The poem calls for attention to pain and suffering in a village and for certain people who are responsible (perhaps politicians) to do something about it.
The poem feels sorry for a lifestyle that has been lost and certainly one that should have been preserved. What is good about life in the old days of tradition and family and friends that characterise the typical Malay village should indeed have been preserved.
This traditional setting and values have not been preserved or taken care of. They have fallen into disuse, much like the bamboo flute, which may not be played anymore as is implied.
It also asks us to be wary of change that comes with time and especially with development and for us to be prepared for change and perhaps also change our attitudes and how we respond and adapt to change.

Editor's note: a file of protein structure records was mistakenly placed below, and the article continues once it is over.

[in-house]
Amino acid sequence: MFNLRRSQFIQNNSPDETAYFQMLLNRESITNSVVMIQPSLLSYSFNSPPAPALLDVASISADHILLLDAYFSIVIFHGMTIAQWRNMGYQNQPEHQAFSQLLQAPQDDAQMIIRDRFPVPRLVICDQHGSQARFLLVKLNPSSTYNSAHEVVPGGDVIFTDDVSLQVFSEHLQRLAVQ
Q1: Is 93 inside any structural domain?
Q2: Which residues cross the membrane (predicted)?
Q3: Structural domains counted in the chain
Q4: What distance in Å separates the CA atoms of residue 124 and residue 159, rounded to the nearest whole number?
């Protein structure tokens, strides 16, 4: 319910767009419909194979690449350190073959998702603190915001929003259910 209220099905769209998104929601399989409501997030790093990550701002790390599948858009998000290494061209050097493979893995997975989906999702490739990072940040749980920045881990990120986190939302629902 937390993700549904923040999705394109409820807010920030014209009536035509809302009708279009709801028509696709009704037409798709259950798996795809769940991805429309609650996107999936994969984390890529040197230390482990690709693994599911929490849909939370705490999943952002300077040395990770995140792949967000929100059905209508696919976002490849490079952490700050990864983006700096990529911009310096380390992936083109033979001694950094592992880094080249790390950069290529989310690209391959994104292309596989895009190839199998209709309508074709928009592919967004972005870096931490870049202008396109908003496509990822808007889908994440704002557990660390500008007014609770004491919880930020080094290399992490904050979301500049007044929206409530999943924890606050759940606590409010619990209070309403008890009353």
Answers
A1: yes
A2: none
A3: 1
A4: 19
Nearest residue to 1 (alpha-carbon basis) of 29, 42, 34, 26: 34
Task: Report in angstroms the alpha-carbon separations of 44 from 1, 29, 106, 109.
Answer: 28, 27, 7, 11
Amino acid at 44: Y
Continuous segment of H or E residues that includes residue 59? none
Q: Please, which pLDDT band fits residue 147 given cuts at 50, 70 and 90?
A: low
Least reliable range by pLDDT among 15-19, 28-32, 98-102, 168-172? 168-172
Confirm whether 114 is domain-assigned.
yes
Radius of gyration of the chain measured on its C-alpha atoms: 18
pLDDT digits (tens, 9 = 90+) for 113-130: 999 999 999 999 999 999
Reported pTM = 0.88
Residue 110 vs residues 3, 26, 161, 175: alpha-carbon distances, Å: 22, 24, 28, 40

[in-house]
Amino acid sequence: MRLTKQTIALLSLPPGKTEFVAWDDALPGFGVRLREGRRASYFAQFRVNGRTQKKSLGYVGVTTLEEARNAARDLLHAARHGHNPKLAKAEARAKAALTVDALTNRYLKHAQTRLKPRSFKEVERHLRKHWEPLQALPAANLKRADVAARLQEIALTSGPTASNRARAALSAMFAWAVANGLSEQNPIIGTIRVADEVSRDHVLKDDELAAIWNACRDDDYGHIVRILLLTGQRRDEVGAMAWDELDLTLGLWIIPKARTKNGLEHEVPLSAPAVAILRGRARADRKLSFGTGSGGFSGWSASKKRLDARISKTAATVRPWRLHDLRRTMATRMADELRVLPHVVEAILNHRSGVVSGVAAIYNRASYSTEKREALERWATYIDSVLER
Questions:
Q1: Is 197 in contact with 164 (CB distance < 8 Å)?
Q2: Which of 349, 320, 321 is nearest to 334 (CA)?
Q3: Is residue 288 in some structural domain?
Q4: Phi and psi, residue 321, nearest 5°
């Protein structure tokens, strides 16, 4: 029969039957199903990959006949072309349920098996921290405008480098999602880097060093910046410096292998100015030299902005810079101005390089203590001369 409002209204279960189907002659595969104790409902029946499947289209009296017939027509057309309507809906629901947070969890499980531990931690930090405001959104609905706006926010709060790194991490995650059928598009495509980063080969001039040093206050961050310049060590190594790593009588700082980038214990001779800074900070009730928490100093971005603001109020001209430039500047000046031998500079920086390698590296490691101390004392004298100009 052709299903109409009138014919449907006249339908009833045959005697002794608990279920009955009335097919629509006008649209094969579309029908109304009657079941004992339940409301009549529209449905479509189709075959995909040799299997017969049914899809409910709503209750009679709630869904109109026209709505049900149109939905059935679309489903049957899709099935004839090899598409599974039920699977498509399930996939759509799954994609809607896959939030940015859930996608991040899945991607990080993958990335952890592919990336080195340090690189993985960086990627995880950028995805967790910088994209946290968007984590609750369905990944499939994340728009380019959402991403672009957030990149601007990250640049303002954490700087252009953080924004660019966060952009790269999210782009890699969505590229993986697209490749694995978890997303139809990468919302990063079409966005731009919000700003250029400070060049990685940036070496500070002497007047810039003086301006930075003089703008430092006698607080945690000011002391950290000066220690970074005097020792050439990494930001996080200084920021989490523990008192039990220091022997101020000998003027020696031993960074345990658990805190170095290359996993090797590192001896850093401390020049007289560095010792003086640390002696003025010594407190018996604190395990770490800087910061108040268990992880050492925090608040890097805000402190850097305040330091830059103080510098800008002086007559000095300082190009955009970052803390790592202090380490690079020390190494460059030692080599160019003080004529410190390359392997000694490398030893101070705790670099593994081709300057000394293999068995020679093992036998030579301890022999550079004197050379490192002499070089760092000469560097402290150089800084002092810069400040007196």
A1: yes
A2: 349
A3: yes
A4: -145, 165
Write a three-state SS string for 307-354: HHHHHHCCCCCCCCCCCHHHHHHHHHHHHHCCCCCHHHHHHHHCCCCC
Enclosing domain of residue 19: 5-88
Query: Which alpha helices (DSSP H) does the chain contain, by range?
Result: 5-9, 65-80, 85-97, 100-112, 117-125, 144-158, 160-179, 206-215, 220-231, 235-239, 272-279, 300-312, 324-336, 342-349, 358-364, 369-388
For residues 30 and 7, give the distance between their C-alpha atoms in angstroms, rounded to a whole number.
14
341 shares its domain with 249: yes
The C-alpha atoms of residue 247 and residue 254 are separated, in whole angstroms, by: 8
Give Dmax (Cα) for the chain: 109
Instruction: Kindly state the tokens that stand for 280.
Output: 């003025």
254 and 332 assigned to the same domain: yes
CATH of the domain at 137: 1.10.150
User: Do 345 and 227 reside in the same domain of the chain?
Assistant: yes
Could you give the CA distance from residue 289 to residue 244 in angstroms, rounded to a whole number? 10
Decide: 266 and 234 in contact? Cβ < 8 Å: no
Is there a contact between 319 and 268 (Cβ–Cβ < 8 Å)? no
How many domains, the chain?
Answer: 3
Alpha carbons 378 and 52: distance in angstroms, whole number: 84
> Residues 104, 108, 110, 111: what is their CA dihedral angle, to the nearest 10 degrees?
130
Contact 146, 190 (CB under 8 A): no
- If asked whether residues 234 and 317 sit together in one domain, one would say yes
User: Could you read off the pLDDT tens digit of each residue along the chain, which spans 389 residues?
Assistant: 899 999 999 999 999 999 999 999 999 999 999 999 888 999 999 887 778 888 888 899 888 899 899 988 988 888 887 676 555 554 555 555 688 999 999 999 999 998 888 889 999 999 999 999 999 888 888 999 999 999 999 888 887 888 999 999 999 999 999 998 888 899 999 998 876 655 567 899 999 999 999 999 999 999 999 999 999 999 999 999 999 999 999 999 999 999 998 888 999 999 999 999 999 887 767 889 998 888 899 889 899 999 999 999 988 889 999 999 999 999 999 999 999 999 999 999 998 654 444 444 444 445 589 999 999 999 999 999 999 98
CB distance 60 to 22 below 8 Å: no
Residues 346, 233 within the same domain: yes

It also tells us that even though people nowadays have not much time, that we should make time for worthwhile pursuits, like music, and flowers, and dewdrops and sitting with friends watching the rain fall and the sun setting.
It tells us to move on and try to get a better life when the old life is no longer possible.
It tells us to be aware of problems in society, such as disunity, cruelty and unemployment.